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Zuma reshuffles cabinet 'in bid to secure energy deal'

South Africa president makes changes to cabinet in move seen to be linked to a contentious nuclear deal with Russia.

President Jacob Zuma

 President Jacob Zuma has reshuffled his cabinet, adjusting six portfolios including the Ministry of Energy, in a move analysts say is linked to a contentious nuclear energy deal with Russia.

In a statement issued on Tuesday, the presidency said it had moved David Mahlobo, former minister of state security and a longtime Zuma ally, to the energy portfolio.

Zuma also fired Blade Nzimande, the minister of higher education and training, in a move understood as punitive after Nzimande criticised the president.

Nzimande is also the General Secretary of the South African Communist Party (SACP), a key partner in the tripartite alliance with the ANC-led government. His removal from government has prompted speculation that the SACP may leave the alliance.

Political analyst Steve Friedman, director of the Centre for the Study of Democracy at the University of Johannesburg, saidthat Mahlobo's appointment was the most important development.

"He is considered a hyper-Zuma loyalist. It seems he has been moved into this position to push through the nuclear deal," Friedman said.

Zuma appeared to be hedging bets, Friedman explained, before the party conference in December 2017 when the ANC will elect a new leader.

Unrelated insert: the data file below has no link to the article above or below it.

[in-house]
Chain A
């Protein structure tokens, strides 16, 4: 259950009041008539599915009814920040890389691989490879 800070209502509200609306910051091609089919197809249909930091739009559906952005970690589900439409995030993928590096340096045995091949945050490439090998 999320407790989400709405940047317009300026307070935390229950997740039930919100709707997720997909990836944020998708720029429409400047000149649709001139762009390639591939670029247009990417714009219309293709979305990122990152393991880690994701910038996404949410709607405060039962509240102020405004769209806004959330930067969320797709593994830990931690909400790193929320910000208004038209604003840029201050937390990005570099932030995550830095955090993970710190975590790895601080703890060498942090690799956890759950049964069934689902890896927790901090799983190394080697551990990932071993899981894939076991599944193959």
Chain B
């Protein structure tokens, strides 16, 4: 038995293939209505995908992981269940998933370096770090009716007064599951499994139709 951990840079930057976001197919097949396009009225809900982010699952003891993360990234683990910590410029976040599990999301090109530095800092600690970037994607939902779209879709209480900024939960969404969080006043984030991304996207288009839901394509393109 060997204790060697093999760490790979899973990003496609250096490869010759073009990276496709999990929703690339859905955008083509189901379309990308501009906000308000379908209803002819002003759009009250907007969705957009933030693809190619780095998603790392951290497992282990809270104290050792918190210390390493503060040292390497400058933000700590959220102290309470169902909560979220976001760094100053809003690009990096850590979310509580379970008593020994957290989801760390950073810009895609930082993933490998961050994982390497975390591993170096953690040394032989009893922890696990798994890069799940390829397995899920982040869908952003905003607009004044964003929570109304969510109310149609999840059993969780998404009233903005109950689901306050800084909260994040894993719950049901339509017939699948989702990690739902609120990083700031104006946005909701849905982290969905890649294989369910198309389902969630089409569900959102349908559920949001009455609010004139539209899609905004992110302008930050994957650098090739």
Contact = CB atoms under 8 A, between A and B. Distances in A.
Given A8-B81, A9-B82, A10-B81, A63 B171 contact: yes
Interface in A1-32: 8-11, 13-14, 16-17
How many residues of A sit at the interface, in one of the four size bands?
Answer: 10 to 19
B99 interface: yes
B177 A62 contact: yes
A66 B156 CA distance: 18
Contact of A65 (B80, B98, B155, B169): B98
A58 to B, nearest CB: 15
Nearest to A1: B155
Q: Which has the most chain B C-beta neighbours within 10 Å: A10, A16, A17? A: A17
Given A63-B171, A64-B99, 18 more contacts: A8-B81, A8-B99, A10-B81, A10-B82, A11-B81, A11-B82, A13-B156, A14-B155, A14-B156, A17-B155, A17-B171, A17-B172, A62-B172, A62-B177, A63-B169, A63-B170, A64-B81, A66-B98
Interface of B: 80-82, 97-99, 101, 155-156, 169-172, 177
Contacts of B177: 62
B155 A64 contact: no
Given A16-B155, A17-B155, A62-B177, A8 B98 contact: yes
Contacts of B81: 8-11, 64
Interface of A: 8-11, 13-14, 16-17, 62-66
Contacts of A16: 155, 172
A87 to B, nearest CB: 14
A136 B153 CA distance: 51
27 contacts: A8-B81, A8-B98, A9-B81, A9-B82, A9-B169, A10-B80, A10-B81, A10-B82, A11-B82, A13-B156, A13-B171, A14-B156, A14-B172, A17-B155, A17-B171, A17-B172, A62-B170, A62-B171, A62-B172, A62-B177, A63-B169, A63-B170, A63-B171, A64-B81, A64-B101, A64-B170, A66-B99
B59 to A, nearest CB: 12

"Should Zuma lose that election, he has put in place a loyalist in the ministry so he can nail down the nuclear deal [in the future]," Friedman said.

The South African government has been trying to push through a contentious nuclear energy deal to the tune of $74bn with Russia. The deal is thought to have been struck when Zuma met Russian President Vladimir Putin in 2014.

In April, the Western Cape High Court ruled that the potential deal with Russia was unlawful and unconstitutional and that if the government wanted to proceed, it would have to restart the process.

Liz McDaid, an environmentalist with Southern African Faith Communities' Environment Institute - one of the organisations that took the state to court - described Mahlobo's appointment as "systematic state capture".

"This appointment was not dreamt up last night. It is an obvious attempt to make this [nuclear] deal happen in the future," McDaid said.

In September, HuffPost South Africa reported that Mahlobo had become the country's de facto prime minister and the president's "right-hand man". Mahlobo himself has been criticised for his dealings.

In late 2016, an investigation found that Mahlobo had a close relationship with alleged rhino-poaching kingpin Guan Jiang Guang.

Tuesday's developments mark the second time in 2017 that Zuma has reshuffled his cabinet. In March, Zuma fired five ministers, including then finance Minister Pravin Gordhan and his deputy, Mcebisi Jonas.

Zuma has been under growing pressure to step down, following the publication of a report by the public protector that concluded that Zuma's government had been potentially "captured" by private capital, in particular by the wealthy and influential Gupta family who hold a range of business interests in South Africa.

In August, Zuma narrowly survived a no-confidence vote held by secret ballot in parliament. Members of the 400-seat parliament voted 198 to 177, with nine abstentions.


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